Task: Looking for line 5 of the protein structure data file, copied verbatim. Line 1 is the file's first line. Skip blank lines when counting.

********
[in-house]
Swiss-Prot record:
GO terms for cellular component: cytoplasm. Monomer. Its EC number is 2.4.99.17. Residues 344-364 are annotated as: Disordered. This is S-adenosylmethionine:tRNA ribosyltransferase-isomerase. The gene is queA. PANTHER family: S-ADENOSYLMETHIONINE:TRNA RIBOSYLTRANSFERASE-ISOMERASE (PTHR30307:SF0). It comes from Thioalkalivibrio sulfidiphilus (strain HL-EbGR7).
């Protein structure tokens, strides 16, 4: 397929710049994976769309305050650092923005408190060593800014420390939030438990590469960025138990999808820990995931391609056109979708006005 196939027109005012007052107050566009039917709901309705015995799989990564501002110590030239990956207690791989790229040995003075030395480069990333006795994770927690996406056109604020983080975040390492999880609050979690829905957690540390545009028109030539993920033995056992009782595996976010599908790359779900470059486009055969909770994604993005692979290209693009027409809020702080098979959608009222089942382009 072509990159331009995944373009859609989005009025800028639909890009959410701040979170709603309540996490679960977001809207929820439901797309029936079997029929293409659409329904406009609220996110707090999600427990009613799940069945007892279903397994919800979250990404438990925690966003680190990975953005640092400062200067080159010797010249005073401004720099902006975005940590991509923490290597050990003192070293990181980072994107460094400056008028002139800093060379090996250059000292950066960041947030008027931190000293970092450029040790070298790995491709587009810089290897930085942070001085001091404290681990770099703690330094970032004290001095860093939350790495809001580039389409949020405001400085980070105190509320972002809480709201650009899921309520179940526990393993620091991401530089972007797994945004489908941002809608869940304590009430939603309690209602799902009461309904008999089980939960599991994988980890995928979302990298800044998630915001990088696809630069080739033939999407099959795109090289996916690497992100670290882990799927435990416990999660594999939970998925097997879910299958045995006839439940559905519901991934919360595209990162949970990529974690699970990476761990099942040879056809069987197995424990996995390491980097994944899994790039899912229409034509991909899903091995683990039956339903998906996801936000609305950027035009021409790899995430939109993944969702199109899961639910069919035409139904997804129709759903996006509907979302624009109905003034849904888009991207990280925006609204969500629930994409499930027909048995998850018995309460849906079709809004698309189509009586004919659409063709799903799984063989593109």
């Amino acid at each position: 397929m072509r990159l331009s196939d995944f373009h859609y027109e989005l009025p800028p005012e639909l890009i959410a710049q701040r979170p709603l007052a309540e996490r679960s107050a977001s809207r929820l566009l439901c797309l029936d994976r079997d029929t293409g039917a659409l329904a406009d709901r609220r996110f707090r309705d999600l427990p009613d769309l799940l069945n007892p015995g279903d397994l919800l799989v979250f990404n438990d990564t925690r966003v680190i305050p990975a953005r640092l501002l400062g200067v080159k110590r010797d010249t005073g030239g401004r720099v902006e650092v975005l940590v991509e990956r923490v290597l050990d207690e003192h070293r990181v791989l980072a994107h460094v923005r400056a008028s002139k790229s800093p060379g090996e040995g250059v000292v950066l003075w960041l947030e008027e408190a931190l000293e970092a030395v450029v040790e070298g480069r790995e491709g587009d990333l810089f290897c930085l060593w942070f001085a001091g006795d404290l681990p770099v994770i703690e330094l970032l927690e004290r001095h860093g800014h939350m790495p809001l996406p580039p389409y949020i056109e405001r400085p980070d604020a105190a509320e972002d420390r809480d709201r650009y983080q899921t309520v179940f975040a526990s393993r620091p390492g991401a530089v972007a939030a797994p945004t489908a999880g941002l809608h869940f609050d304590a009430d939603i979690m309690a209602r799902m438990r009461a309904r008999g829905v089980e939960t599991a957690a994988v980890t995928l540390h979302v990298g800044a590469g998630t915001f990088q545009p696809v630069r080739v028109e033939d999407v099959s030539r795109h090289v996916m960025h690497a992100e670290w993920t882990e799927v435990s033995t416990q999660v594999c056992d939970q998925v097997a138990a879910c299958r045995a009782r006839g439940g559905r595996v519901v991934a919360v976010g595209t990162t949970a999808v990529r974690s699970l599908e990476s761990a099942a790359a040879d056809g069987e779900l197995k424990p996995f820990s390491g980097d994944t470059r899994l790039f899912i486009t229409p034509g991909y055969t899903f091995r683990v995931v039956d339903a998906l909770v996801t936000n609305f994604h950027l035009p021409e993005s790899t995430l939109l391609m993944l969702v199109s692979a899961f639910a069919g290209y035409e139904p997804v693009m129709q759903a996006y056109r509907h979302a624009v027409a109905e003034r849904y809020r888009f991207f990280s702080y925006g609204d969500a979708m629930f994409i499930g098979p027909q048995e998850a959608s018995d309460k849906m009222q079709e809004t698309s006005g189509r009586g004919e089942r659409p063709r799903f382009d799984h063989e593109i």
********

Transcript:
């Amino acid at each position: 397929m072509r990159l331009s196939d995944f373009h859609y027109e989005l009025p800028p005012e639909l890009i959410a710049q701040r979170p709603l007052a309540e996490r679960s107050a977001s809207r929820l566009l439901c797309l029936d994976r079997d029929t293409g039917a659409l329904a406009d709901r609220r996110f707090r309705d999600l427990p009613d769309l799940l069945n007892p015995g279903d397994l919800l799989v979250f990404n438990d990564t925690r966003v680190i305050p990975a953005r640092l501002l400062g200067v080159k110590r010797d010249t005073g030239g401004r720099v902006e650092v975005l940590v991509e990956r923490v290597l050990d207690e003192h070293r990181v791989l980072a994107h460094v923005r400056a008028s002139k790229s800093p060379g090996e040995g250059v000292v950066l003075w960041l947030e008027e408190a931190l000293e970092a030395v450029v040790e070298g480069r790995e491709g587009d990333l810089f290897c930085l060593w942070f001085a001091g006795d404290l681990p770099v994770i703690e330094l970032l927690e004290r001095h860093g800014h939350m790495p809001l996406p580039p389409y949020i056109e405001r400085p980070d604020a105190a509320e972002d420390r809480d709201r650009y983080q899921t309520v179940f975040a526990s393993r620091p390492g991401a530089v972007a939030a797994p945004t489908a999880g941002l809608h869940f609050d304590a009430d939603i979690m309690a209602r799902m438990r009461a309904r008999g829905v089980e939960t599991a957690a994988v980890t995928l540390h979302v990298g800044a590469g998630t915001f990088q545009p696809v630069r080739v028109e033939d999407v099959s030539r795109h090289v996916m960025h690497a992100e670290w993920t882990e799927v435990s033995t416990q999660v594999c056992d939970q998925v097997a138990a879910c299958r045995a009782r006839g439940g559905r595996v519901v991934a919360v976010g595209t990162t949970a999808v990529r974690s699970l599908e990476s761990a099942a790359a040879d056809g069987e779900l197995k424990p996995f820990s390491g980097d994944t470059r899994l790039f899912i486009t229409p034509g991909y055969t899903f091995r683990v995931v039956d339903a998906l909770v996801t936000n609305f994604h950027l035009p021409e993005s790899t995430l939109l391609m993944l969702v199109s692979a899961f639910a069919g290209y035409e139904p997804v693009m129709q759903a996006y056109r509907h979302a624009v027409a109905e003034r849904y809020r888009f991207f990280s702080y925006g609204d969500a979708m629930f994409i499930g098979p027909q048995e998850a959608s018995d309460k849906m009222q079709e809004t698309s006005g189509r009586g004919e089942r659409p063709r799903f382009d799984h063989e593109i």